The overall financial contributions of vascular surgeons to hospital systems are often overlooked. In a study performed at a tertiary care hospital in New Jersey, vascular surgeons were found to have the leading gross margin per FTE of any specialty, 66% more than cardiology. (And these were academic vascular surgeons, a famously lazy breed!)2 In 2002, Merritt, Hawkins & Associates found that the average vascular surgeon provides over $2 million in revenue to his or her hospital, third-highest of any specialty.3 With the widespread adoption of endovascular procedures, this number is likely to be higher today.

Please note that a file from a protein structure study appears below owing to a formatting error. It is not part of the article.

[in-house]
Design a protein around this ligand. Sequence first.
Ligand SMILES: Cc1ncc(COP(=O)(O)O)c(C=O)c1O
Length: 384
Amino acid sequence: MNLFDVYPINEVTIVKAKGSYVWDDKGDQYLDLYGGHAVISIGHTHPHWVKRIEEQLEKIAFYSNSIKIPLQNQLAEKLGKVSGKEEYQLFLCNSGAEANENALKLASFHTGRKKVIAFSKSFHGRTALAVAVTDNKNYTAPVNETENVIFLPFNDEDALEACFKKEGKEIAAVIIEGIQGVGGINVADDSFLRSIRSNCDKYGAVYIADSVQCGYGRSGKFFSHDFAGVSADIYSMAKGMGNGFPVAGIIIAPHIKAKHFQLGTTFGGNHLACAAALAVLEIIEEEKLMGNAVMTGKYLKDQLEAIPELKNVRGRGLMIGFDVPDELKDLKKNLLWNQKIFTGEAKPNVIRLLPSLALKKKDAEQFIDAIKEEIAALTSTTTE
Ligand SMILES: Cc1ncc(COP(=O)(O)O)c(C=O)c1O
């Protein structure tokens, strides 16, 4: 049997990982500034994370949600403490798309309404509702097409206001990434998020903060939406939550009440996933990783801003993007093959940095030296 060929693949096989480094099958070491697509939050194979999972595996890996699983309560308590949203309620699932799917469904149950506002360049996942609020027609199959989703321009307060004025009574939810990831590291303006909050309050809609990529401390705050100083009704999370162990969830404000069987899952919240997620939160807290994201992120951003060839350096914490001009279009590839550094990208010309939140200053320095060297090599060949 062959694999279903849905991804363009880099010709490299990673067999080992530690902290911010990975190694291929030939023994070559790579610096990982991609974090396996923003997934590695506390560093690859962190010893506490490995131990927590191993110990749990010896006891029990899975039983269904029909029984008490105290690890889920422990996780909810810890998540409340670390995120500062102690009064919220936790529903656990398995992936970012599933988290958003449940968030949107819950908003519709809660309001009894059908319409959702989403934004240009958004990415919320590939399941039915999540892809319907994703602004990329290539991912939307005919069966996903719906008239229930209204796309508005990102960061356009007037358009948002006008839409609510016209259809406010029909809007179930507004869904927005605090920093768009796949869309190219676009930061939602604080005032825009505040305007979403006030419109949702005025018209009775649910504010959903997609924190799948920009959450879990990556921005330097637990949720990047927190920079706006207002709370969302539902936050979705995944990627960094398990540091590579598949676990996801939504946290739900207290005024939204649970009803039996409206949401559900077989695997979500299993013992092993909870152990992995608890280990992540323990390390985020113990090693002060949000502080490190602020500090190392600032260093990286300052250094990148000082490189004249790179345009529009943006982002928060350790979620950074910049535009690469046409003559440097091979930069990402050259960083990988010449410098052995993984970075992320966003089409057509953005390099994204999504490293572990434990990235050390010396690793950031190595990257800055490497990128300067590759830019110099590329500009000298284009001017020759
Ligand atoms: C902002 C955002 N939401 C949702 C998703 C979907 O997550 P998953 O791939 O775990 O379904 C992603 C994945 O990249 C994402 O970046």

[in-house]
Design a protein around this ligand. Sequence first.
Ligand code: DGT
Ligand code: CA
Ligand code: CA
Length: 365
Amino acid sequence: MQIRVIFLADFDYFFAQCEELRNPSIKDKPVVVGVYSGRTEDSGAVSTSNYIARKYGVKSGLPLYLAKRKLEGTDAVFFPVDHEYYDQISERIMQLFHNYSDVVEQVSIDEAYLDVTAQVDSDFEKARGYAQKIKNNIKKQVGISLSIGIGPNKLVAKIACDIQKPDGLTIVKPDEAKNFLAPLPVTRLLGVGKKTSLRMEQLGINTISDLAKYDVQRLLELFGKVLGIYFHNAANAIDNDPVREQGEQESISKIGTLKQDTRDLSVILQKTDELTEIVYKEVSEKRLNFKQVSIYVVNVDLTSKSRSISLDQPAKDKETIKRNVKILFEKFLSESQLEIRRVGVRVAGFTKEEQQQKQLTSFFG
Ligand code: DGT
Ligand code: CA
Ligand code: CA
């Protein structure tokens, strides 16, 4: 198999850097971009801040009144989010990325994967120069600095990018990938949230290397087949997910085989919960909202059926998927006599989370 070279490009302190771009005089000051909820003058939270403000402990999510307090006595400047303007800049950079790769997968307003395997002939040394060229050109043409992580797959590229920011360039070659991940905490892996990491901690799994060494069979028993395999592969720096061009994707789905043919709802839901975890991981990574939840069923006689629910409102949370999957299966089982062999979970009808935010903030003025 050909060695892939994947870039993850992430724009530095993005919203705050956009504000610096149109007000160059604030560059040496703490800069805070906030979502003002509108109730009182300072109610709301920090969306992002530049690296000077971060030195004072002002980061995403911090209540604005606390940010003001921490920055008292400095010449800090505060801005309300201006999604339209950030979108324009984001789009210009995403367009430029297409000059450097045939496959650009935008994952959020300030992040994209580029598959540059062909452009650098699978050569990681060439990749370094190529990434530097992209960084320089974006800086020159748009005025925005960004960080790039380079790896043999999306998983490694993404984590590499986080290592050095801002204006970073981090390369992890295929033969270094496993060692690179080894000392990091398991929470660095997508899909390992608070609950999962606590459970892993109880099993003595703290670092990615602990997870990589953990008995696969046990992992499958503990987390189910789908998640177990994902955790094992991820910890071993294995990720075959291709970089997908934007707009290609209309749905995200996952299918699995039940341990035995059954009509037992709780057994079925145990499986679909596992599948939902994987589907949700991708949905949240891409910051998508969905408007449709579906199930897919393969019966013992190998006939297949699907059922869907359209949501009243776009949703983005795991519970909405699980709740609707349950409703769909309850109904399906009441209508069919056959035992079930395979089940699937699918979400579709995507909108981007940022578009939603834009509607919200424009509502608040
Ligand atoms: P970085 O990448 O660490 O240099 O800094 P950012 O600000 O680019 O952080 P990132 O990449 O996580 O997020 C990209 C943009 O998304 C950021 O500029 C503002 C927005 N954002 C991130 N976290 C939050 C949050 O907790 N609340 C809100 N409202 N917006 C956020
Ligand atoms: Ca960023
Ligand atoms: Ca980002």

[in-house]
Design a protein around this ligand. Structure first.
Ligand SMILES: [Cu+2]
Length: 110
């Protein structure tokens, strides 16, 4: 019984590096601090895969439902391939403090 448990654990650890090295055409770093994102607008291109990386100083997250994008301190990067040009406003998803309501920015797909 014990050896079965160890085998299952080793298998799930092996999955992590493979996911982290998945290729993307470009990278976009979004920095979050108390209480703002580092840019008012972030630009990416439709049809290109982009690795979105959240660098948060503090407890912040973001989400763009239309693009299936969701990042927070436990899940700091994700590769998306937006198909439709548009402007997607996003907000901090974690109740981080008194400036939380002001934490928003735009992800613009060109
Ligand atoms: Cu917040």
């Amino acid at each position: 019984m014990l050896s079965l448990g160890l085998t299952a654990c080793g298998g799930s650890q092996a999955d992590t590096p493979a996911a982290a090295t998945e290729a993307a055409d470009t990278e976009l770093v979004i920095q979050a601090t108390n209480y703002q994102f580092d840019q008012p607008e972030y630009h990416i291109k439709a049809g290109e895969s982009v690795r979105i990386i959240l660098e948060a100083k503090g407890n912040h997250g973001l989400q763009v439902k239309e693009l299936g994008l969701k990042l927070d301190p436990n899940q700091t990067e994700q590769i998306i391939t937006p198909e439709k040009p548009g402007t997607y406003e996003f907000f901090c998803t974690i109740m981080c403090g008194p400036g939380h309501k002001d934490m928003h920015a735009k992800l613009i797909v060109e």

So now, an update on our great experiment. Run by cardiology our service line treats heart disease, heart attacks, heart failure, and high blood pressure. At least according to the website. If you want to find vascular surgery, it is listed last, under “other services.” And no, sadly the list is not alphabetical. Around the country, there is a great shortage of vascular surgeons. There are two to three job openings for every graduate annually. Remarkably, our service line boasts ten board-certified vascular surgeons. But people always seem to want what they don’t have. In our service line director’s case, that was a TAVR program. So there was a great effort and expense in creating one. When it came time to start our FEVAR program, I simply took my friend Andy Schanzer out to dinner and asked him how he did it at UMass. Then we just started doing cases. No fanfare, no press releases. No expensive hires. The dinner cost about $100 (Andy is a cheap date, but I ordered multiple apps).